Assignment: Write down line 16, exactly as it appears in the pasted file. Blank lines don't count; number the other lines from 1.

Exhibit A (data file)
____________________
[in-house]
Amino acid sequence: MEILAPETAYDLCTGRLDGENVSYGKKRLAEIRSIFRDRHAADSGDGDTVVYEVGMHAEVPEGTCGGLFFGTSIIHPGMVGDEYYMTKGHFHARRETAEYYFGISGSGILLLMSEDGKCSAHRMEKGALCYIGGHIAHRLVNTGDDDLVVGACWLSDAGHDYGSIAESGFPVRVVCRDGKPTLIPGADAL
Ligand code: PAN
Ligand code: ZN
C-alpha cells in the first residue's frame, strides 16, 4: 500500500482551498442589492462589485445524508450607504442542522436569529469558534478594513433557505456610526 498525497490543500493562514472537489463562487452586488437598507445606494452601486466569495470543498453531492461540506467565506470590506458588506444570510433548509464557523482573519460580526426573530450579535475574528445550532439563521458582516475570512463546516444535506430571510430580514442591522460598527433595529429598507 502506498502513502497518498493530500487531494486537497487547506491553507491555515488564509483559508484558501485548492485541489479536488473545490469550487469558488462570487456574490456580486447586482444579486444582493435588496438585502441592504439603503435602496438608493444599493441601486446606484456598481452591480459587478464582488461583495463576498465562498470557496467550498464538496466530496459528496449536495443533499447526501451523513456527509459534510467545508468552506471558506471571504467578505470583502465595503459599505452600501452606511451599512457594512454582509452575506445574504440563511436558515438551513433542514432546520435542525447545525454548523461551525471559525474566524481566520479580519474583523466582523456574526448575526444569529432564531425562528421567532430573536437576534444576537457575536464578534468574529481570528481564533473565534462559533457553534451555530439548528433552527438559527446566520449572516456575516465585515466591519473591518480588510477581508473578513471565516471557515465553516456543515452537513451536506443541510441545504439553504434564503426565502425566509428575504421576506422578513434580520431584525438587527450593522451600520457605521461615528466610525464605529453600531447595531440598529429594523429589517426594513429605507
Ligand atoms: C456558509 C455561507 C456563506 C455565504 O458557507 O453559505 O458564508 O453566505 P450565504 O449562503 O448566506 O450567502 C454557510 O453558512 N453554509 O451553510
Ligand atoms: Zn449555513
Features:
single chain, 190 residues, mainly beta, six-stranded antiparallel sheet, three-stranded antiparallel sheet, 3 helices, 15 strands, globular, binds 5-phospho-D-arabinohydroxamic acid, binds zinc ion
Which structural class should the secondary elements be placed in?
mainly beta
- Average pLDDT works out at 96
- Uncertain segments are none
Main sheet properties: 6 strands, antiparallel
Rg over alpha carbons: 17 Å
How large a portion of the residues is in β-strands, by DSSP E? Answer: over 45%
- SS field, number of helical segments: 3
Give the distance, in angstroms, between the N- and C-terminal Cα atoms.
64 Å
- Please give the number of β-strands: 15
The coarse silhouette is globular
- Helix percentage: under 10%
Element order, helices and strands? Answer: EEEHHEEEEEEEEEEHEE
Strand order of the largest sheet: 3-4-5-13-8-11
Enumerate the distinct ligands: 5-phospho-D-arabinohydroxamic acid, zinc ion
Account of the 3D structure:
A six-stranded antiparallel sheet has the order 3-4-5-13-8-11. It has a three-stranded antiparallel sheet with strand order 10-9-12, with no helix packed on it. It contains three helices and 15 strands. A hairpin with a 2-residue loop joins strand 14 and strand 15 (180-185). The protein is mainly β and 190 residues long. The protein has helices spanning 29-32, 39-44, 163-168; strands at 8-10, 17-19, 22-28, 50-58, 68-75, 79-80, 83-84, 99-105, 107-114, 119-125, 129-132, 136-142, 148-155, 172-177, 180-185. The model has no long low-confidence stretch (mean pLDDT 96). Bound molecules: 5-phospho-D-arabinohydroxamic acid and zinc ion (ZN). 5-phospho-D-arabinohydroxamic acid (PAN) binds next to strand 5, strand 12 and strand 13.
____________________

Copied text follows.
How large a portion of the residues is in β-strands, by DSSP E? Answer: over 45%